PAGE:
Guarding the Rx supply chain
Isincerely appreciated your editorial (“Unnecessary compromise,” June 10, p. 18). The article thoroughly outlined the underlying points and background of the developing pharmaceutical supply chain security discussion. The article mentions the Pharmaceutical Distribution Security Alliance (PDSA) and its support of federal legislation, especially the pre-emption of state bills, California SB 1307 particularly, which require tracking of units through the supply chain. While their objection is represented as seeking common standards instead of a patchwork of state regulations, it is the itemlevel track in supply chain, which is absent in federal legislation, that provides the greatest challenge and the loudest objections.
I’ve been involved in evaluating the developing legislation in Congress since early last year (H.R 1919 and S. 957). I was one of the seven industry panelists that addressed the House Energy and Commerce Committee on April 25. While all of the witnesses were in support of improving pharmaceutical supplychain security, not all saw the merit in itemlevel tracking for containers in transit from manufacturer through the pharmacy.
Based upon the opening statements from the lawmakers and their follow-up questions to testimony, one would have concluded that they were of a like mind and that we were heading toward a more robust law consistent at least with the California legislation already on the books. Sadly, the revised bill was weak and in no way represented the comments we heard on the 25th. It is shocking that public safety has taken a backseat to politics.
We have continually noted to legislators that tracking units and reading the item-level codes is the most critical part of supply chain security, in particular the read at the point of dispense in pharmacy, not simply at receipt. There are too many documented instances of pharmacy-introduced counterfeits, diverted product (Internet product), dispense of returned product and even dispense of outdated product. Only when we check at dispense will these events be prevented.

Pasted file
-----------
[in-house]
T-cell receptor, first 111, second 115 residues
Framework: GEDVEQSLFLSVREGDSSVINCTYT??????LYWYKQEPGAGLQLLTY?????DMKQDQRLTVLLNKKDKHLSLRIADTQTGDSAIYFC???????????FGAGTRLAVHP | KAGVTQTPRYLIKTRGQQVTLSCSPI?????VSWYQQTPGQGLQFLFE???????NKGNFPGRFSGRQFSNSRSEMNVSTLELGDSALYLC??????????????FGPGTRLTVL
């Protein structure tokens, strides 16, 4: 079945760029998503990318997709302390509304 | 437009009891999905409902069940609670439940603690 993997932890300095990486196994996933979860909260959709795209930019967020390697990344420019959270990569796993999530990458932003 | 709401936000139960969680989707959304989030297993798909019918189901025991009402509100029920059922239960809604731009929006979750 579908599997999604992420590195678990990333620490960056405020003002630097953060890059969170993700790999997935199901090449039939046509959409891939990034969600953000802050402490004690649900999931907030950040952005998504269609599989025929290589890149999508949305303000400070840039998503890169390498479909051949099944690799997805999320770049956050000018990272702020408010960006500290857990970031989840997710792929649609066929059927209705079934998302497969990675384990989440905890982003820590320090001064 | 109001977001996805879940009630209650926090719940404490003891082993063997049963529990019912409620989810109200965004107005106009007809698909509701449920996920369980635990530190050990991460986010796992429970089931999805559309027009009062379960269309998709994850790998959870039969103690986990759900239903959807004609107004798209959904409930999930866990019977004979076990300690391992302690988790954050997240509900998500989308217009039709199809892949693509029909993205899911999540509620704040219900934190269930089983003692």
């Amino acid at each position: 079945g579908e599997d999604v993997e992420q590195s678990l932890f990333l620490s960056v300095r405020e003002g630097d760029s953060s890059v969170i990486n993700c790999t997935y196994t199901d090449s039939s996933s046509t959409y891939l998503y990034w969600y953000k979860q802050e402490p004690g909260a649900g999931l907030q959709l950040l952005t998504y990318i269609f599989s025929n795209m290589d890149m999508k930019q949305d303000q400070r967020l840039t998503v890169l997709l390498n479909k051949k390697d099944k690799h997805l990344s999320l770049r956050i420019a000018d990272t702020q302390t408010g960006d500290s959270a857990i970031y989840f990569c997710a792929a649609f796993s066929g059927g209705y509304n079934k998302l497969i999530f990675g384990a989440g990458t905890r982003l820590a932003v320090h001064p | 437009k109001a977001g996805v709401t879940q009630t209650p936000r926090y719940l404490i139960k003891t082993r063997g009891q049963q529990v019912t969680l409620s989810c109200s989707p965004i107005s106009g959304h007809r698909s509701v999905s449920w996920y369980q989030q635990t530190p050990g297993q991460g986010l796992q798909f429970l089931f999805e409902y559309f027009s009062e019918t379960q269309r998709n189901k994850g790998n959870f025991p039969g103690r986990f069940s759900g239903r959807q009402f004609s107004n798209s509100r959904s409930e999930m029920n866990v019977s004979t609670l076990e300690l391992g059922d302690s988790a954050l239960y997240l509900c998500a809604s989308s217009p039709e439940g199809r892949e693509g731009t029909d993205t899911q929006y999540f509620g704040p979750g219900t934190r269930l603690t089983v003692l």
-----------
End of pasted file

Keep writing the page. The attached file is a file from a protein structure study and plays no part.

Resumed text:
While it is unlikely this current legislation will include the scan at point of dispense, there may be another path to achieve this level of security. We’ve been promoting the concept that insurers (pharmacy benefit managers, healthcare providers, the CMS, etc.) could and should require the standardized numeric identifier (SNIs) for reimbursement of prescriptions. By requiring this number and verifying it against an industry-managed database, we will thwart bad actors in pharmacy who may introduce counterfeit or substandard products. Prescription fraud was a key driver for the introduction of serial- ized pharmaceutical containers in several European countries.
While the current Senate bill does establish serialization as an early step, which is commendable, it fails to require active checking of that serial number in transit as recommended by the Food and Drug Administration, and, most critically, at dispense in pharmacy. This will relegate the SNI to being a tool for investigating why a problem occurred instead of preventing the introduction of counterfeit and substandard drugs. That this legislation seems to ignore the recommendation of the FDA, the very entity charged with safeguarding the pharmaceutical supply chain, is troubling to say the least.
The bill ultimately fails to complete supply chain security, which would end with the scan in pharmacy at dispense. The pieces are here but they are not being used in concert to achieve the goal of a safe supply chain. Without this last scan, all the work along the way is virtually useless. There have been too many instances where pharmacy introduced counterfeits, grey market product and even dispensed returned/recalled product.
The rest of the world is moving steadily toward a serialized supply chain for pharmaceuticals. As China, India, Turkey, Brazil, Argentina and numerous others tighten security and we continue to languish, you have effectively painted a target on the U.S. supply chain making it a haven for global counterfeiters. Without track and trace in transit and most importantly without verification at dispense in pharmacy we lose the benefit of serialization. By failing to track and failing to verify at dispense we’ve reduced serialization to a tool for forensic analysis of what went wrong. “Why did this bad drug end up being ingested by this patient?”
Walter Berghahn President, SmartRmeds for Life Executive director, Healthcare Compliance Packaging Council, Bon Air, Va.